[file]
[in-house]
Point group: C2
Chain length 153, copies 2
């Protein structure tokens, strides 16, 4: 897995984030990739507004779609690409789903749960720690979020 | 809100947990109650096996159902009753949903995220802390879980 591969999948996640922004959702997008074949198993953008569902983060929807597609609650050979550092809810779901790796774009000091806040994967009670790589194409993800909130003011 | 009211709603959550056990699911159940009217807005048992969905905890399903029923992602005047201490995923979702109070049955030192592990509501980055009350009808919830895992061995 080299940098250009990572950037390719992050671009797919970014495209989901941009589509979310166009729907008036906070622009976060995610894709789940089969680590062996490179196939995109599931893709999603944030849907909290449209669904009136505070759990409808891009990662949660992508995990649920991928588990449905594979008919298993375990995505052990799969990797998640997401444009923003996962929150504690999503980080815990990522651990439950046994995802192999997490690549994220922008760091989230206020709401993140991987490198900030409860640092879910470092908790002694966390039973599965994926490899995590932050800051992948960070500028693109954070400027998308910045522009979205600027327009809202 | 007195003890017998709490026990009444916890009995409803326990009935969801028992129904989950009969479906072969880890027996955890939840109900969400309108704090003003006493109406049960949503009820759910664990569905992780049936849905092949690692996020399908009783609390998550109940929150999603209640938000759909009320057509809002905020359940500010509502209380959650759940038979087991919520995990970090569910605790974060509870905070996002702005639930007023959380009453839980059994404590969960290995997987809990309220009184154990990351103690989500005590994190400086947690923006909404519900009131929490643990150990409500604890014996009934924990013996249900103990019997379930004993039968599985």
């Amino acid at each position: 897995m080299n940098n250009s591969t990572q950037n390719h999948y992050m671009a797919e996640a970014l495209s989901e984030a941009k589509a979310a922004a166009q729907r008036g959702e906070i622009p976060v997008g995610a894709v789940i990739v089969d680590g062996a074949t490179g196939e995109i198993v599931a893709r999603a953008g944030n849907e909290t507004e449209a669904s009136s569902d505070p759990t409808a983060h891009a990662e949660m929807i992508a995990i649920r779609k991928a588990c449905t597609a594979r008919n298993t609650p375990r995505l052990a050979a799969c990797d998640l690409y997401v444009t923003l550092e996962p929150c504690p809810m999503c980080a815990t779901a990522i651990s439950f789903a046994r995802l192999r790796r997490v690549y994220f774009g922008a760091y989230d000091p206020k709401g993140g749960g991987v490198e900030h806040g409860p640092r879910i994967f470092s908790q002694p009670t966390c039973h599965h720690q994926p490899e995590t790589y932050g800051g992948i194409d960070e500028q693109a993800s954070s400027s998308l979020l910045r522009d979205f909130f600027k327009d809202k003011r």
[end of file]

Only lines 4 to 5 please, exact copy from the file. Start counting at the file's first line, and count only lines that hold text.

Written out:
């Protein structure tokens, strides 16, 4: 897995984030990739507004779609690409789903749960720690979020 | 809100947990109650096996159902009753949903995220802390879980 591969999948996640922004959702997008074949198993953008569902983060929807597609609650050979550092809810779901790796774009000091806040994967009670790589194409993800909130003011 | 009211709603959550056990699911159940009217807005048992969905905890399903029923992602005047201490995923979702109070049955030192592990509501980055009350009808919830895992061995 080299940098250009990572950037390719992050671009797919970014495209989901941009589509979310166009729907008036906070622009976060995610894709789940089969680590062996490179196939995109599931893709999603944030849907909290449209669904009136505070759990409808891009990662949660992508995990649920991928588990449905594979008919298993375990995505052990799969990797998640997401444009923003996962929150504690999503980080815990990522651990439950046994995802192999997490690549994220922008760091989230206020709401993140991987490198900030409860640092879910470092908790002694966390039973599965994926490899995590932050800051992948960070500028693109954070400027998308910045522009979205600027327009809202 | 007195003890017998709490026990009444916890009995409803326990009935969801028992129904989950009969479906072969880890027996955890939840109900969400309108704090003003006493109406049960949503009820759910664990569905992780049936849905092949690692996020399908009783609390998550109940929150999603209640938000759909009320057509809002905020359940500010509502209380959650759940038979087991919520995990970090569910605790974060509870905070996002702005639930007023959380009453839980059994404590969960290995997987809990309220009184154990990351103690989500005590994190400086947690923006909404519900009131929490643990150990409500604890014996009934924990013996249900103990019997379930004993039968599985």
């Amino acid at each position: 897995m080299n940098n250009s591969t990572q950037n390719h999948y992050m671009a797919e996640a970014l495209s989901e984030a941009k589509a979310a922004a166009q729907r008036g959702e906070i622009p976060v997008g995610a894709v789940i990739v089969d680590g062996a074949t490179g196939e995109i198993v599931a893709r999603a953008g944030n849907e909290t507004e449209a669904s009136s569902d505070p759990t409808a983060h891009a990662e949660m929807i992508a995990i649920r779609k991928a588990c449905t597609a594979r008919n298993t609650p375990r995505l052990a050979a799969c990797d998640l690409y997401v444009t923003l550092e996962p929150c504690p809810m999503c980080a815990t779901a990522i651990s439950f789903a046994r995802l192999r790796r997490v690549y994220f774009g922008a760091y989230d000091p206020k709401g993140g749960g991987v490198e900030h806040g409860p640092r879910i994967f470092s908790q002694p009670t966390c039973h599965h720690q994926p490899e995590t790589y932050g800051g992948i194409d960070e500028q693109a993800s954070s400027s998308l979020l910045r522009d979205f909130f600027k327009d809202k003011r």